These are, in many ways, halcyon days for global business. In a vast ideological shift in the late 20th century, markets rather than governments came to be seen as the road to prosperity. Governments that once nationalized foreign firms now seek out the investment, technology, and managerial expertise such companies can bring. The halls of the United Nations used to ring with calls for international regulation of those dreaded evil-doers, the multinational corporations. Now the UN instead implores business to join with it in a voluntary Global Compact to ensure respect for internationally agreed environmental, labor, and human rights standards.
And business has truly gone global. Surging transportation and communications technologies in the past few decades have encouraged firms the world over to cross borders, and revitalized industries in Europe and Japan have offered new competition to U.S. firms. At the beginning of the 1990s, some 35,000 parent multinational corporations had roughly 170,000 foreign affiliates. By the end of the decade, 60,000 parent companies had more than 500,000 foreign affiliates, accounting for a quarter of global output in the late 1990s. As transnationals reorganize the production of goods and services, production itself is becoming global in structure.
But there are clouds on the global business horizon that go beyond the current dour economic climate. The lack of effective international (and often national) regulation to protect workers, communities, and the environment has spurred the development of a powerful movement aimed at promoting corporate social responsibility, whose partisans have on occasion forced significant changes in business practices through campaigns aimed at consumers and investors. And because unregulated business activities can cause societies to question the legitimacy of corporations, corporate leaders themselves are struggling with fundamental questions about how far their social responsibilities extend: to shareholders, employees, local communities where they operate, humanity as a whole, future generations?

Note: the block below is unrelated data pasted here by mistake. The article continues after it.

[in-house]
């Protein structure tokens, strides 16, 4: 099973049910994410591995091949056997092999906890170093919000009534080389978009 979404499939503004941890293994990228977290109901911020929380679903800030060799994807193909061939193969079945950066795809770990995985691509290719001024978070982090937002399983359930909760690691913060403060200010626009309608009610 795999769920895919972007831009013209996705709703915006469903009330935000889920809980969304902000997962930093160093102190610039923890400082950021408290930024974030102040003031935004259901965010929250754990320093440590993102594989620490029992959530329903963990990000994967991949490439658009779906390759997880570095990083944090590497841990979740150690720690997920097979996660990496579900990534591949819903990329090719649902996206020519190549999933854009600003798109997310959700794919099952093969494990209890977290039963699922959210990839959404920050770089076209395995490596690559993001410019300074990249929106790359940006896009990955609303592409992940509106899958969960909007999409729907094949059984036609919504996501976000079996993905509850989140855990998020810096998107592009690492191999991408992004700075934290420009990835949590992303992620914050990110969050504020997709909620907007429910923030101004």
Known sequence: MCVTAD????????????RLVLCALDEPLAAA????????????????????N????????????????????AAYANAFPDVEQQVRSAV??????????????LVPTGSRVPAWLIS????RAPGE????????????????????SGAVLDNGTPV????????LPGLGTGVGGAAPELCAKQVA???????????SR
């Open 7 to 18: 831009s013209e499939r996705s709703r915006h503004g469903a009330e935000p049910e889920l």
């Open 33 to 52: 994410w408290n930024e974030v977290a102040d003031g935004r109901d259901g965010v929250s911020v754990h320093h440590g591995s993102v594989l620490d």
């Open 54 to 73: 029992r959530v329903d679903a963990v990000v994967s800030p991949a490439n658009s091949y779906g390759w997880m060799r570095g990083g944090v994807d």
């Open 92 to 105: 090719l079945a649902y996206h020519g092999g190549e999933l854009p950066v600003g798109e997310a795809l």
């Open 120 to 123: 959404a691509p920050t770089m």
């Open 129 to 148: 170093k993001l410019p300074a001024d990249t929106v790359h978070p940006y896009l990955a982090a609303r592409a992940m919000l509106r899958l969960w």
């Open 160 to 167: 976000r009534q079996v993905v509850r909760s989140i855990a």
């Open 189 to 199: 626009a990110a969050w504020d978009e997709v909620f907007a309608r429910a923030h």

Repeated efforts, starting with the proposed International Trade Organization in the 1940s, to create internationally agreed rules to regulate cross-border business have all failed. Regulation of these firms thus falls to national governments. But governments are often finding it difficult to cope. Megacompanies' huge resources dwarf those of national prosecutors, making legal control a challenge. Changes in the ways global corporations produce goods also complicate national regulation. Companies both big and small contract out with suppliers in far-flung parts of the world—Disney reputedly has some 300,000 separate suppliers. A company with a brand name such as Levi Strauss or WalMart effectively controls a long chain of frequently shifting suppliers based primarily in low-wage countries, thus controlling much of what suppliers do: what product quality standards and schedules must be met, what products will be produced. But for the most part, control over such matters as working conditions in and environmental spillovers from those suppliers' facilities remains in the hands of the national governments where suppliers are located. Because enforcement of labor and environmental standards in those low-wage countries is often, to put it mildly, less than fully effective, this pattern of production enables rich-country firms to reap the benefits of low production costs without having to pay attention to the associated social costs.
Even in countries with well-established regulatory systems and effective courts, a determined company can flout the law. Some get caught, but only after doing extensive damage. Louisiana-Pacific Corporation was recently assessed the largest criminal fine in the 28-year history of the U.S. Clean Air Act. The company, which employs some 13,000 people in the United States, Canada, and Ireland and grossed $2.5 billion in sales in 1997, pleaded guilty to 18 felonies and agreed to pay $37 million in penalties and $5.5 million for criminal violations of the Clean Air Act.
The corporation was caught only because a former company supervisor filed a lawsuit against it alleging that he had been fired for refusing to tamper with one facility's pollution monitoring equipment. That is a rather haphazard way to regulate, but federal and state environmental officials cannot possibly closely supervise the vast array of firms operating in the United States.
National regulation, where it exists, falls far short. Many governments seem unable or unwilling to ensure that national standards exist and are adequately enforced. No matter how much corporations may complain (sometimes justifiably) about the heavy hand of government regulation, the market side has the upper hand.
To fill the governance gap, an extraordinary variety of nongovernmental groups has sprung up. Activist groups are proving adept at shaming or coercing corporations into paying attention to what activists say are the broader social responsibilities of the private sector. And some in the corporate world seem to be listening.